Build update: the walls are up and the roof is on.

Now does it look like a house? Personally, this is my favourite part of a build. There’s something really satisfying about being able to stand inside and walk around, imagining where things will be. The framing is all secured with hurricane ties for maximum stability, not so much for windy weather but more for the force of the wind when it’s being towed behind a vehicle. If you’re considering building your own tiny home, please don’t hesitate to get in touch with us! We know that a lot of people who are interested in tiny living are the DIY type – but for the sake of safety, quality, and longevity, make sure that you have someone who is versed in construction to talk to. A lot more goes into building a home (tiny or not!) than most people realize. We are more than happy to answer any questions you might have about building your own, or we can supply you with a custom proper trailer with or without a floor package or even a shell built onto it. We are in the process of writing a “Do-It-Yourself Guide to Building and Living Tiny” with all the lessons, tips, and tidbits that we’ve learned during our builds, along with advice and resources on downsizing and living more sustainably, which will hopefully be available by the end of the year.

Up next: wrapping the house with home wrap and installing windows and doors.

Build update: floor package and insulating.

The floor package is shaping up. First we wrapped the underside of the floor with waterproof house wrap, then we started framing in the floor. We leave 2.5″ of airspace and then fasten down pieces of 3″ thick R12 rigid insulation covering the entire floor. Each piece is taped and sealed to prevent any moisture from penetrating.

A new build begins: getting the trailer and starting the floor package.

Yesterday we picked up our custom trailer to start our next build. All of our trailers are built in Canada, modified on Vancouver Island, and designed specifically for Rewild Homes. There were a few modifications still to be finished when we arrived yesterday to pick up the trailer, so our lead builder Brad got his hands dirty and helped finish the job.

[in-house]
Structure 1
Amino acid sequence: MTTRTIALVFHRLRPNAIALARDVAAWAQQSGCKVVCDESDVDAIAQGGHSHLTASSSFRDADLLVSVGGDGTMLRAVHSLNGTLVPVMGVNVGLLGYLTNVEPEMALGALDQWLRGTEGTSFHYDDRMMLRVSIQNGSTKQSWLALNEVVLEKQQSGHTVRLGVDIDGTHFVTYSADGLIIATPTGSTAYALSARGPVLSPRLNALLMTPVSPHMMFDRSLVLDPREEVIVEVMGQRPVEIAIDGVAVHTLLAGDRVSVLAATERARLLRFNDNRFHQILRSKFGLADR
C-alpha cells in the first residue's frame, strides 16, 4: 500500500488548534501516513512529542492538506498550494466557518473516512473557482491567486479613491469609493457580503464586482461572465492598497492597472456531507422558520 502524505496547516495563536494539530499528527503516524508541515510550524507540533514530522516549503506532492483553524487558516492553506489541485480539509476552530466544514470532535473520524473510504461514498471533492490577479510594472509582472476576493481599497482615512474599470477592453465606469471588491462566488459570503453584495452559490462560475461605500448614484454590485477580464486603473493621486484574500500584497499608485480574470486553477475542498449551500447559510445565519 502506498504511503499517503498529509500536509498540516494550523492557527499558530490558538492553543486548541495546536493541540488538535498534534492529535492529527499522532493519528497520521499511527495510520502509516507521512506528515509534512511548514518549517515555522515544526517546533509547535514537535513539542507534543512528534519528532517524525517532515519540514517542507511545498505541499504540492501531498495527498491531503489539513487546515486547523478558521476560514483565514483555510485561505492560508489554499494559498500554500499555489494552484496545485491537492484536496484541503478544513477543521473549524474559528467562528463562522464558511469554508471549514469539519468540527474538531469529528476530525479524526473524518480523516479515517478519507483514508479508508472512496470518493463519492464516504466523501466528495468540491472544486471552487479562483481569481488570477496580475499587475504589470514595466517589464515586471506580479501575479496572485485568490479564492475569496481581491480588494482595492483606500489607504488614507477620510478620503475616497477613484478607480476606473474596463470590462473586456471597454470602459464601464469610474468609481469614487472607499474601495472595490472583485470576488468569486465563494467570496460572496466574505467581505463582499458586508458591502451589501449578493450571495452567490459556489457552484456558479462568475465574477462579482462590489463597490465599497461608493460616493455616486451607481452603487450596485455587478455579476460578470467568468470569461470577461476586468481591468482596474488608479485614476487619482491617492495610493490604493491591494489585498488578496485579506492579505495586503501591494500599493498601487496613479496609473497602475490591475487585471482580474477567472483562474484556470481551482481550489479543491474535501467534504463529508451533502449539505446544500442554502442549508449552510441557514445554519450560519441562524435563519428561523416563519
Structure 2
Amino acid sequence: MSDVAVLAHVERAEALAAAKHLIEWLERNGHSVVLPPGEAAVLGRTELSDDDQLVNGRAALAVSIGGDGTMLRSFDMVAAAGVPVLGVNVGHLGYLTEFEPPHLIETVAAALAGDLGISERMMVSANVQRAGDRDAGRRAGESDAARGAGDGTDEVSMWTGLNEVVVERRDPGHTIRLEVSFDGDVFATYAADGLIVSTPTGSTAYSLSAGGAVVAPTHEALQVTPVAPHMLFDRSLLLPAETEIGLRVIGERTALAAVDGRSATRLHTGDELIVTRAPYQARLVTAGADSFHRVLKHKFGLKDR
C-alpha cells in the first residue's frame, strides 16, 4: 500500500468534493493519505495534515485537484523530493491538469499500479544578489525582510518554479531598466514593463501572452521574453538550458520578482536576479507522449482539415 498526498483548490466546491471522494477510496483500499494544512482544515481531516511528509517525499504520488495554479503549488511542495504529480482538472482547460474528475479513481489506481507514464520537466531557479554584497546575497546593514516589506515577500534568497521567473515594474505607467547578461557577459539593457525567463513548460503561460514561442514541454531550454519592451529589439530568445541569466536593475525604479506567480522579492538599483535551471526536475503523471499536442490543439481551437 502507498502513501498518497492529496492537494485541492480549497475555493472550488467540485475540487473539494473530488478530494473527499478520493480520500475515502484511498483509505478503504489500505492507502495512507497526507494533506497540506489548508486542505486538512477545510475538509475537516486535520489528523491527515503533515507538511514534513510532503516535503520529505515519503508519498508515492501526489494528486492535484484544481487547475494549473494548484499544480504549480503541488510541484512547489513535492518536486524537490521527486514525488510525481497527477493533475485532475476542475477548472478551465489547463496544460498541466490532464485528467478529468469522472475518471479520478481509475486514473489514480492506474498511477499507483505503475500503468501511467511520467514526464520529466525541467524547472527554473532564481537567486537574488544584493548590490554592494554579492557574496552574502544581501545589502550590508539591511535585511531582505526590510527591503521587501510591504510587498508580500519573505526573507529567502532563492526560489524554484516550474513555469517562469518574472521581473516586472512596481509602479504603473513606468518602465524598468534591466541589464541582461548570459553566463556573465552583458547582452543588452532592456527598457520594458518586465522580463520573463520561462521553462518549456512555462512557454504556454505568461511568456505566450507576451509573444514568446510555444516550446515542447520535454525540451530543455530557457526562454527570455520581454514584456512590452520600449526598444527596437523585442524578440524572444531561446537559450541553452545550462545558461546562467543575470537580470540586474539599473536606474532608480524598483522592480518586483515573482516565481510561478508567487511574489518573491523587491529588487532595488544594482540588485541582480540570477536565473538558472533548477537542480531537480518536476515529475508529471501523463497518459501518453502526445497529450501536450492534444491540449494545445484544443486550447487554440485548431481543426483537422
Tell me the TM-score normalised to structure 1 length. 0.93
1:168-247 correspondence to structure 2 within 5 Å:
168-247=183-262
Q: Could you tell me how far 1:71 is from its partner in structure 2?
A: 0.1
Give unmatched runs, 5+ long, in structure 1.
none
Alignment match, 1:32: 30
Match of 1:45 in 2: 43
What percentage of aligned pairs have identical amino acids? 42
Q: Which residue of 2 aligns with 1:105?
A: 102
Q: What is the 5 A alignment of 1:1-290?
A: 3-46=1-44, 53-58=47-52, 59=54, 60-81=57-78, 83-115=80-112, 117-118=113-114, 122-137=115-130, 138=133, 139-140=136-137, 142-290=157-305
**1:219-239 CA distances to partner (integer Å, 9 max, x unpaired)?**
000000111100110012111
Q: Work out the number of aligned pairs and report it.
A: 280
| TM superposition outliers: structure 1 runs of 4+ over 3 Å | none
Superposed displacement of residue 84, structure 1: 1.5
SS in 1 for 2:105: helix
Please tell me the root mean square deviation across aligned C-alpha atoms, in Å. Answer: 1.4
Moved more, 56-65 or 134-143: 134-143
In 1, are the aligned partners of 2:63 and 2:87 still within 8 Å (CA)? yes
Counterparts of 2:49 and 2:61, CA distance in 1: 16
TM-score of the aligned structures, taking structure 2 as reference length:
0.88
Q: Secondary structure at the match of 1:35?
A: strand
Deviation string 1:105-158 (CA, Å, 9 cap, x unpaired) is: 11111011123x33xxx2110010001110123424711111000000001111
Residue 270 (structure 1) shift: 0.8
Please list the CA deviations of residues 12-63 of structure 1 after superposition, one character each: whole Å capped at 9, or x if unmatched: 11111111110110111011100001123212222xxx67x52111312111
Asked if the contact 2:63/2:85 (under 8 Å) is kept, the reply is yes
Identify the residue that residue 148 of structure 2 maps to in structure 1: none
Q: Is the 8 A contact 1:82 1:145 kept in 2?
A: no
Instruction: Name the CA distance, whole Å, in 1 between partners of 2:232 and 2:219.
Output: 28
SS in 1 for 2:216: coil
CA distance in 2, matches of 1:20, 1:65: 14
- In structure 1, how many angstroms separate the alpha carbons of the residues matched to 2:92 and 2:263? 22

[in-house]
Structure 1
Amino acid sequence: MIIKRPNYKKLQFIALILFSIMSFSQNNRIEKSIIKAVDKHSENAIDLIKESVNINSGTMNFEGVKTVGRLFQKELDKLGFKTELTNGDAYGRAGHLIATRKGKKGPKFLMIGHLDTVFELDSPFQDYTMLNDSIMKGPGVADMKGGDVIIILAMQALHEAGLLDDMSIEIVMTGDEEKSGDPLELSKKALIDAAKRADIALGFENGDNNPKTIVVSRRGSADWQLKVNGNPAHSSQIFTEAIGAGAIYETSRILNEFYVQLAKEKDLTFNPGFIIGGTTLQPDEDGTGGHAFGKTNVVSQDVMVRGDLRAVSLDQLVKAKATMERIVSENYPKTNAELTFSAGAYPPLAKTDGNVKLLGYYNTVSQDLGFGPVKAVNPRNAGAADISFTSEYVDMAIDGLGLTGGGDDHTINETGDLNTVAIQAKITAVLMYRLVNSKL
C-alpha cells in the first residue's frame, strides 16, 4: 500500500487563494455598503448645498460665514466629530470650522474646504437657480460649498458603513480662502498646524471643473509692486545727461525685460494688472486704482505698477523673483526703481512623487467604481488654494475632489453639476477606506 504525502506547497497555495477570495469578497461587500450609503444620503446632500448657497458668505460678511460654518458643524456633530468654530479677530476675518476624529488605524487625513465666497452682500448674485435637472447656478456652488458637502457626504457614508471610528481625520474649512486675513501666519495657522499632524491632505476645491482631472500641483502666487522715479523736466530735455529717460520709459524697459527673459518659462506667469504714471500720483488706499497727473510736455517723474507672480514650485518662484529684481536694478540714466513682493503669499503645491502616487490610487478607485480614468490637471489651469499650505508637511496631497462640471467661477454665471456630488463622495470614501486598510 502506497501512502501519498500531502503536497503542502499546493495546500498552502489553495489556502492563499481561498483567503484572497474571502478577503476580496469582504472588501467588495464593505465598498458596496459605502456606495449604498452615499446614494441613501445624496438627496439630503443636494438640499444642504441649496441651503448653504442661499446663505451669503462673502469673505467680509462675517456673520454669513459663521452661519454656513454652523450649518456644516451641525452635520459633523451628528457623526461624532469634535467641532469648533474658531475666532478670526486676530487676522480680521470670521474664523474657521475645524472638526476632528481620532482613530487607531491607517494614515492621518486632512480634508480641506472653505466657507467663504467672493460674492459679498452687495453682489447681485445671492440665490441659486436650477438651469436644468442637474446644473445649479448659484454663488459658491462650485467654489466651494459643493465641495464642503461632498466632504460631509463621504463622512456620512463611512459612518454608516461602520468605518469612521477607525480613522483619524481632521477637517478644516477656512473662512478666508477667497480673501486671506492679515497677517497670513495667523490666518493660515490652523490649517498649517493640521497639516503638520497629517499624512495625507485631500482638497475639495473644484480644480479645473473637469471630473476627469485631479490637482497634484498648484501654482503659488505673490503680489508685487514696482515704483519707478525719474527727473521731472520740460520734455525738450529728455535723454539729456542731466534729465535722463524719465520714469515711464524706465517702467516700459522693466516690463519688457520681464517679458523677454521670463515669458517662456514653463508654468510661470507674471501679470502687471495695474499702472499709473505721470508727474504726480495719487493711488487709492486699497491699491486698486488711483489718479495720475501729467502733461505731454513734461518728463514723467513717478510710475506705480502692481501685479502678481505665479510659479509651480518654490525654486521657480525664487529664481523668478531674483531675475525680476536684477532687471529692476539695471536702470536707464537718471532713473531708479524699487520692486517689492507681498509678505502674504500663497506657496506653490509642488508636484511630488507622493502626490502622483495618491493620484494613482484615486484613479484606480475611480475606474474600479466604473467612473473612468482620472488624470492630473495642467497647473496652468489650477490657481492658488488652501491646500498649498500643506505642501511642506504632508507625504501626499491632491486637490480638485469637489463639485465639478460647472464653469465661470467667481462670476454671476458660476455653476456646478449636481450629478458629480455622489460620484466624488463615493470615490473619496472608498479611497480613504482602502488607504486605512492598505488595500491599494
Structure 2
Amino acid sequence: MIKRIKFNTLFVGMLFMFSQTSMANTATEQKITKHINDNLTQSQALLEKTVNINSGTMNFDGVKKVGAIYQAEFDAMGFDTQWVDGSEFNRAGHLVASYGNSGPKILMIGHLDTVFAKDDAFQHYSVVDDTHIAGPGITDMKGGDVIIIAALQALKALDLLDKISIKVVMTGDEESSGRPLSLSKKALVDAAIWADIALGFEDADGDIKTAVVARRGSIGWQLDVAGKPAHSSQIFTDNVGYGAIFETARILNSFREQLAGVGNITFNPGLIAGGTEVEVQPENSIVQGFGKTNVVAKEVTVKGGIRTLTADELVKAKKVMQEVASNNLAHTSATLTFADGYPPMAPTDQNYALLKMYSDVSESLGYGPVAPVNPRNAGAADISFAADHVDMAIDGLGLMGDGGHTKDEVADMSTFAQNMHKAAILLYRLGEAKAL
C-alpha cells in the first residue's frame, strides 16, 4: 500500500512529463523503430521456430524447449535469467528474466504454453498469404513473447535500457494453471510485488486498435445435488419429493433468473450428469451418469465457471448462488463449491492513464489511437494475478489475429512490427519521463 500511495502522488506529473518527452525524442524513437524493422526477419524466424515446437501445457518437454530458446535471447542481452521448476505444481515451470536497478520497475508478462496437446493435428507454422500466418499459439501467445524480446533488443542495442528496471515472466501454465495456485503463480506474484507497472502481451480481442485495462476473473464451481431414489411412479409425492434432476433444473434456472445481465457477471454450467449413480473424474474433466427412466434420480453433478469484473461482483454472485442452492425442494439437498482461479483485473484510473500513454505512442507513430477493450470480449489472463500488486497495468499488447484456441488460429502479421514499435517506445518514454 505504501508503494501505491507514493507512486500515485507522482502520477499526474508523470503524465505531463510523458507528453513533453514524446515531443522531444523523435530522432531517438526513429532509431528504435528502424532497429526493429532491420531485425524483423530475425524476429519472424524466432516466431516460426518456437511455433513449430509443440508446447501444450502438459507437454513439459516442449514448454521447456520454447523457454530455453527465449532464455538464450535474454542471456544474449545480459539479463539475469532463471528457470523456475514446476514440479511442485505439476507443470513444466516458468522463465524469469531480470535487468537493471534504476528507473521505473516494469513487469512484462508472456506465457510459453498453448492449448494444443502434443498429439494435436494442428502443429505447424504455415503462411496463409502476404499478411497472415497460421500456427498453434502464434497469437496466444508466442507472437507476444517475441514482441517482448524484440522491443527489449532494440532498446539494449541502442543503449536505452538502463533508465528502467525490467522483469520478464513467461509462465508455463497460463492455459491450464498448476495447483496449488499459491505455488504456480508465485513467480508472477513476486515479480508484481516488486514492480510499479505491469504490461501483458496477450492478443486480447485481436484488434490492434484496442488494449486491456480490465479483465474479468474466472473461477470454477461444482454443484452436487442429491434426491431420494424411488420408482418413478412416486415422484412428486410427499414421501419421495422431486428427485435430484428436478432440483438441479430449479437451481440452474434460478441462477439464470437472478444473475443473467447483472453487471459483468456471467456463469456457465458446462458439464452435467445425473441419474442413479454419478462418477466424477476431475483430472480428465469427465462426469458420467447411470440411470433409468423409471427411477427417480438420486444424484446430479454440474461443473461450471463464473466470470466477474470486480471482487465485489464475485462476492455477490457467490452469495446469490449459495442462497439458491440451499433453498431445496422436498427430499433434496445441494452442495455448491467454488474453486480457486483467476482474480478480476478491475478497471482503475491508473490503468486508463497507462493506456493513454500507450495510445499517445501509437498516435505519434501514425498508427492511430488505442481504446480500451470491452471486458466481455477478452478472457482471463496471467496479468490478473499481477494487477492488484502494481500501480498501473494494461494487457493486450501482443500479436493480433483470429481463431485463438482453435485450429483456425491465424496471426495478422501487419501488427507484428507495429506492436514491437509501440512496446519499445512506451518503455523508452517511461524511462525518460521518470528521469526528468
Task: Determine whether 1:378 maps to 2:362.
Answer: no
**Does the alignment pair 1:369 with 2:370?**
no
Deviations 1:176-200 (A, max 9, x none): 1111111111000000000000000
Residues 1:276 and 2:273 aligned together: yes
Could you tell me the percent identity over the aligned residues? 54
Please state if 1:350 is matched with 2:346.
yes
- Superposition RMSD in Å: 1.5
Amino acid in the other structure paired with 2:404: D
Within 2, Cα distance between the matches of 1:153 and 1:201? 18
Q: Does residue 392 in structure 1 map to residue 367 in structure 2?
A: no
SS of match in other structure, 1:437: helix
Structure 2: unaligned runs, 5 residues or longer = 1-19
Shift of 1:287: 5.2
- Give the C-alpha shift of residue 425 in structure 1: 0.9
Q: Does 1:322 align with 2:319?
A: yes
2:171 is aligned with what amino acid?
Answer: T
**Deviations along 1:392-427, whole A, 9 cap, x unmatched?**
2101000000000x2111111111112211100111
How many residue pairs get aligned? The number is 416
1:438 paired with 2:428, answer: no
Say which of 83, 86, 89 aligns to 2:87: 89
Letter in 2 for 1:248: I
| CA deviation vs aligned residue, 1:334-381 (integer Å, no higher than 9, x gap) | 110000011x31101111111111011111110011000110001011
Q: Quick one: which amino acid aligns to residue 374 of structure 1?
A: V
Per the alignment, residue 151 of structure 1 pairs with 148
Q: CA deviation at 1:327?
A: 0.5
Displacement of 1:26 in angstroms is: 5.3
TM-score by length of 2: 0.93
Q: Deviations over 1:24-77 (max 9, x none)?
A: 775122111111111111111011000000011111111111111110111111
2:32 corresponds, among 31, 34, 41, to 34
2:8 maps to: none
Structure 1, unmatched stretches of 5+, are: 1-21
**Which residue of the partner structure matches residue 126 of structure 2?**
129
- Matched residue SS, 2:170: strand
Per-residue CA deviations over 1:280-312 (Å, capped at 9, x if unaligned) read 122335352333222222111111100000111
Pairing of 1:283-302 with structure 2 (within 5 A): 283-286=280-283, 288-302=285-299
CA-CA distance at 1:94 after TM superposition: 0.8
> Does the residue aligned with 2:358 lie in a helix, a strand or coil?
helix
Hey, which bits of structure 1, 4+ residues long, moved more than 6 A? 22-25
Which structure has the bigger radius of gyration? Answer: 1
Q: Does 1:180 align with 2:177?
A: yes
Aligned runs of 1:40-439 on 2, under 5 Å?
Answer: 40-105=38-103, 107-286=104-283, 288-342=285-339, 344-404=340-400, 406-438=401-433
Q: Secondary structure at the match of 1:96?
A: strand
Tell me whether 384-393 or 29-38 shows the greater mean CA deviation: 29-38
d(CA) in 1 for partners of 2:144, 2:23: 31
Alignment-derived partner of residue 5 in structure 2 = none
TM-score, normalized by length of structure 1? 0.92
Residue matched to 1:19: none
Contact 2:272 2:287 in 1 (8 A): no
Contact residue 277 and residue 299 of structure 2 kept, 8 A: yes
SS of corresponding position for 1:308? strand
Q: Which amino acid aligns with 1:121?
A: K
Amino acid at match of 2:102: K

Our lead builder Brad putting some finishing touches on the trailer.

Our lead builder Brad putting some finishing touches on the trailer.

Once we got the trailer back to our job site, the first step was to remove the decking. This allows us a few extra inches of vertical space when building.

The trailer is done and back at the job site!

The trailer is done and back at the job site!

The additional flanges along the sides of the trailer allow us to build to the maximum allowable width.

The additional flanges along the sides of the trailer allow us to build to the maximum allowable width.

For extra protection on the underside, we use pressure treated plywood and then paint it with marine grade water sealant paint. Especially when building for a climate like Vancouver Island, we make sure to go above and beyond so that there will be no water leakage.

Sealing the bottom of the house with marine grade water sealant paint.

Sealing the bottom of the house with marine grade water sealant paint.

Up next: finishing the floor package and starting framing. See you tomorrow!